This article discusses the advantages and disadvantages of primary wound healing as compared with primary amputation in individuals with chronic diabetic foot wounds. The authors review the potential benefits of vascular surgical procedures and advanced dressings, including two of the most promising modalities in modern wound care: growth factors and bioengineered skin. In this era of cost-conscious health-care administration, it is incumbent on the practitioner to consider not only the basic science of wound care, but also the economic aspect of treatment rendered. These various interventions, dressings, growth factor delivery systems, and new modalities could significantly reduce healing time, thereby reducing the risk of infection, hospitalization, and amputation while improving quality of life. If so, they may be truly cost-effective.
Multiple surgical strategies are available for managing the infected diabetic foot at risk for amputation. The authors present their experience with the closed instillation system in the management of 30 such cases in 29 patients over a 5-year period. Data were collected from the hospital records of neuropathic patients presenting with deep-plantar-space infections or presumed acute osteomyelitis. All 29 patients were male; 57% had marginal or poor vascular supply, and 83% were nutritionally compromised or had proteinuria. At the conclusion of the study, 34% of the patients were dead, reflecting the severity of comorbid conditions found in this population. Despite the marginal healing capacity of these patients, the procedure had a 90% success rate, as defined by expeditious return to prior level of functioning and residential living situation without need for re-operation or higher-level amputation.
The publication of the Global Vascular Guidelines in 2019 provide evidence-based, best practice recommendations on the diagnosis and treatment of chronic limb-threatening ischemia (CLTI). Certainly, the multidisciplinary team, and more specifically one with collaborating podiatrists and vascular specialists, has been shown to be highly effective at improving the outcomes of limbs at risk for amputation. This article uses the Guidelines to answer key questions for podiatrists who are caring for the patient with CLTI.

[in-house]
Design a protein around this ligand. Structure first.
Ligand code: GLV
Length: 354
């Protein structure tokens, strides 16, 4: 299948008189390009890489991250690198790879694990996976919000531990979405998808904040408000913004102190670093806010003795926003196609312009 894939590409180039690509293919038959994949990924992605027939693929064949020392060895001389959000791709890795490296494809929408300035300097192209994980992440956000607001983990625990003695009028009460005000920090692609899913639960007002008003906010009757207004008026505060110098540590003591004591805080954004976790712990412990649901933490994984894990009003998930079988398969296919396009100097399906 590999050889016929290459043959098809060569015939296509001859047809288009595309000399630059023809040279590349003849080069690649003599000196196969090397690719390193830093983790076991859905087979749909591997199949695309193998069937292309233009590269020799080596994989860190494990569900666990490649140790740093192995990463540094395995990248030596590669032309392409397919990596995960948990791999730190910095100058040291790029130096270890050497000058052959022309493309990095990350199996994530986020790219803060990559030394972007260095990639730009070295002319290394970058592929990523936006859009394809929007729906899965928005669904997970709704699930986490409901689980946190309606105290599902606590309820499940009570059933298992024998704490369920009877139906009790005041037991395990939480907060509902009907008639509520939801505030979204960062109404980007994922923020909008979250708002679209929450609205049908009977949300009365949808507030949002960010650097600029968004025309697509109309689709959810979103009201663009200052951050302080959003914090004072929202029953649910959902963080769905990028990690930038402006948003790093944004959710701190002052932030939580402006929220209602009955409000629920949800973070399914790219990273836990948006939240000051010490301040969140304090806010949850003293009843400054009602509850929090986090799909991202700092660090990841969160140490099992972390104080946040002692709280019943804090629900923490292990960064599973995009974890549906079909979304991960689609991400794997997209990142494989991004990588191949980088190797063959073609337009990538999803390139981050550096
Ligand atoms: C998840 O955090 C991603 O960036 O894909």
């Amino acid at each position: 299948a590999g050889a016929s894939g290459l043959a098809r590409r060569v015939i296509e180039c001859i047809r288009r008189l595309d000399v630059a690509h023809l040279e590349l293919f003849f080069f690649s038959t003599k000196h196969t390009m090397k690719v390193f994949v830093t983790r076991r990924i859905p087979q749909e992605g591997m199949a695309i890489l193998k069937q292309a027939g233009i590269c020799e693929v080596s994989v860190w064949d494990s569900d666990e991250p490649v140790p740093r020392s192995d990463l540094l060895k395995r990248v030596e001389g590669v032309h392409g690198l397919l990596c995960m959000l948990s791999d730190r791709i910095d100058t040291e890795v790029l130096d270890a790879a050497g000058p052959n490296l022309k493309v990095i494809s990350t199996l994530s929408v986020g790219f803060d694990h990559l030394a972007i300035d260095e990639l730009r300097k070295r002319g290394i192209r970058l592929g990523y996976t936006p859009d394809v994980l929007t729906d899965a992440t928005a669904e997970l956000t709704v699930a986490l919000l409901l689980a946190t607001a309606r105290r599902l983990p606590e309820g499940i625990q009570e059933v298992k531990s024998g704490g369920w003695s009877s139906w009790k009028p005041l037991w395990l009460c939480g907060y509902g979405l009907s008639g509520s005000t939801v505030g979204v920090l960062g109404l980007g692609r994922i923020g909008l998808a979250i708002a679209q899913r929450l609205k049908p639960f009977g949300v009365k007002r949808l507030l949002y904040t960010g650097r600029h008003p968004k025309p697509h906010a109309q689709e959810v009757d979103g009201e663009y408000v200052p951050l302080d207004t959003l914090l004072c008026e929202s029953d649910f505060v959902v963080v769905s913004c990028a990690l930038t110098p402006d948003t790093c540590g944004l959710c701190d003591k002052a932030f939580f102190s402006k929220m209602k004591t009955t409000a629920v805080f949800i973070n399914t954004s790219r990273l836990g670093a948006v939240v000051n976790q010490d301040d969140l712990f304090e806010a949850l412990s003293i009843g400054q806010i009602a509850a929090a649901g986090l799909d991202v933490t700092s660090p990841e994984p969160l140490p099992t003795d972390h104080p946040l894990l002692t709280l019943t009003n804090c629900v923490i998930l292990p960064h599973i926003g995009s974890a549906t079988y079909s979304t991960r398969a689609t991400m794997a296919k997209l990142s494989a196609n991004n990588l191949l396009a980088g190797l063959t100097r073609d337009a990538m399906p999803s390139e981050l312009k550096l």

Infected neuropathic ulcerations are the leading cause of diabetes-related partial foot amputations at the Phoenix Indian Medical Center. Ten hallucal ulcerations in seven American Indian patients with hallux limitus were resolved by local wound care and partial first metatarsophalangeal joint resection. The average length of postsurgical follow-up care was 28.8 months. There have been no recurrences of the plantar hallux ulcerations in any of the patients.
There are many theories regarding the etiology of this rare syndrome. However, the current thinking is that these bands result from rupture of the amnion that causes permanent constrictions of extremities or amputations in utero. This clinically resembles temporary strangulation of an appendage by hair or thread, and must be distinguished. A historical overview as to the etiology of constriction bands will be presented, as well as case studies.
Motile Aeromonas infections of the foot are caused mostly by post-traumatic incidence, occurring mostly during summer months. Serious complications such as osteomyelitis and amputation can result if the infections go untreated or are inadequately treated. The role of each species of motile Aeromonas in pathogenesis and response to antimicrobial agents is not well understood because of taxonomic uncertainty. As a group, motile Aeromonas respond well to aminoglycosides, second-generation and third-generation cephalosporins, quinolones, and some beta-lactam antibiotics.
The author describes an effort that demonstrates a successful partnership between a professional education program in podiatric medicine, the Pennsylvania State Health Department, and the Professional Diabetes Academy, which served as the catalyst for health promotion, prevention, and education. Similar programs through adaptations geared to local resources could be developed as a demonstration of direct secondary prevention of the complications of diabetes in the older population and have the potential to help meet national goals to significantly reduce amputations.
A pedal complication of Milroy's disease has been presented. With a history of multiple debridement procedures as in this case, there is the risk of recurrent infections and the possibility of permanent vascular compromise, particularly with respect to the thin pedal skin on the dorsal aspect. When the toes are recurrently involved with infection, a patient may be best served with a transmetatarsal amputation using a skin flap on the plantar aspect.